However, there are two caveats. First, we are five days away. At that range, however optimistic the forecast may seem right now, things can still change. Thursday or Friday people should take the cloud forecast more seriously. Cloud forecasts can sometimes be challenging even on a single day.

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Second, just because the models are correct in the overall weather system does not mean they are correct in time. In this range, models can be disabled for 12 to 24 hours in both directions. If so, depending on the location, it is unlikely that the cloud forecast will change for better or worse.

Epstein, a real estate developer, said his friends assured him they'd have a good time even if the skies didn't cooperate over Dallas. However, eight days before the eclipse, when the forecast was particularly bleak, he felt miserable.

“I know I'm not responsible for the weather, but a lot of people have faith in the idea that it's going to be a great event,” he said. “It was so sad to think it was all going to waste.”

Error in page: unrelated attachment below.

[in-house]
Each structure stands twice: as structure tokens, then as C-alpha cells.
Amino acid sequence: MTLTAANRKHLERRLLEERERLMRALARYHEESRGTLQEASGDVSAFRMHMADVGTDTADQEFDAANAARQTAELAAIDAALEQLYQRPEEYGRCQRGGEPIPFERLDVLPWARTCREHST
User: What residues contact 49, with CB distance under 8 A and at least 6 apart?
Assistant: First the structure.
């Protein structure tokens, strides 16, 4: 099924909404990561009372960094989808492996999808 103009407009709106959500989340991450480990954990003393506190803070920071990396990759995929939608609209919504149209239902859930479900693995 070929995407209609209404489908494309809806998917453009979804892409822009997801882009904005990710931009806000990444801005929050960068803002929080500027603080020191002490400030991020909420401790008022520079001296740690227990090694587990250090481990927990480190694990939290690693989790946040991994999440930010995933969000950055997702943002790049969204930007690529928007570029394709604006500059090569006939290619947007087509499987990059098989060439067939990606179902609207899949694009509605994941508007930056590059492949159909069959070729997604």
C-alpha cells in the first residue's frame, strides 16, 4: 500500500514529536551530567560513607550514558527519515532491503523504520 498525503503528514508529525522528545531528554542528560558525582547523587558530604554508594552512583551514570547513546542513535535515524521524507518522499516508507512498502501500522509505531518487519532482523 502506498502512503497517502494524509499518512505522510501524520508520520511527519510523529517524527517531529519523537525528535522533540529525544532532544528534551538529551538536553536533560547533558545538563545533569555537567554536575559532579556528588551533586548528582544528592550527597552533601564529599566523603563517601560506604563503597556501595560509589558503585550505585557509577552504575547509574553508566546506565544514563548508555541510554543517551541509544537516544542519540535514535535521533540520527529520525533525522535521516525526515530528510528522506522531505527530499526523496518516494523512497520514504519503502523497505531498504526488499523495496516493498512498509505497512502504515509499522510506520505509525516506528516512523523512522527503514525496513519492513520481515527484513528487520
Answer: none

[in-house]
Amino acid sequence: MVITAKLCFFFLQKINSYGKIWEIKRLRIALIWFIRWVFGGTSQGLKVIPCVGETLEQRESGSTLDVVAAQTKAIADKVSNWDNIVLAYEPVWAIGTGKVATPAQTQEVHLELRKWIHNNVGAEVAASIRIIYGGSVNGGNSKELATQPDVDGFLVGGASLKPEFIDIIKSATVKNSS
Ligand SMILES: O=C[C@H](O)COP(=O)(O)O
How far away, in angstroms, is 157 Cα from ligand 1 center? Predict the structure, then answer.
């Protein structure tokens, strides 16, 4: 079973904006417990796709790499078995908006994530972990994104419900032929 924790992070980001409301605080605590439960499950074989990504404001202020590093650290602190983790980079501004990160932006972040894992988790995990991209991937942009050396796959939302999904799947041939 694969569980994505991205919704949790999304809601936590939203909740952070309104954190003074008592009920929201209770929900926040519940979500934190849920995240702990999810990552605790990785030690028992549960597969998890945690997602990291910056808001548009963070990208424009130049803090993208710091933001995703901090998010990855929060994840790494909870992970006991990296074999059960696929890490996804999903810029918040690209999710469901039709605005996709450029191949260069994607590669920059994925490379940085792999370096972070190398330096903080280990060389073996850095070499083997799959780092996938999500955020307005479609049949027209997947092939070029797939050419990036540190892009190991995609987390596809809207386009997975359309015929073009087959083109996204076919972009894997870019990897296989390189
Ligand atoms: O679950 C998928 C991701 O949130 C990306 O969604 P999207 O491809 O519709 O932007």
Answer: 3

At the Dallas Arboretum, the eclipse will be celebrated with three days of events and organizers Expect 10,000 people NASA scientists and the national news media on Monday. But Terry Lendecker, the Arboretum's vice president of marketing, said Tuesday he wasn't worried about the weather.

“They have predicted a 30 percent chance of rain. In Texas, that doesn't really mean anything. It changes so fast all the time,” Lendecker said. “When we look at the weather, the show has to go on when you're an outdoor venue, mainly for safety reasons for our guests.”

And, “It's going to be a beautiful day in the garden, regardless.”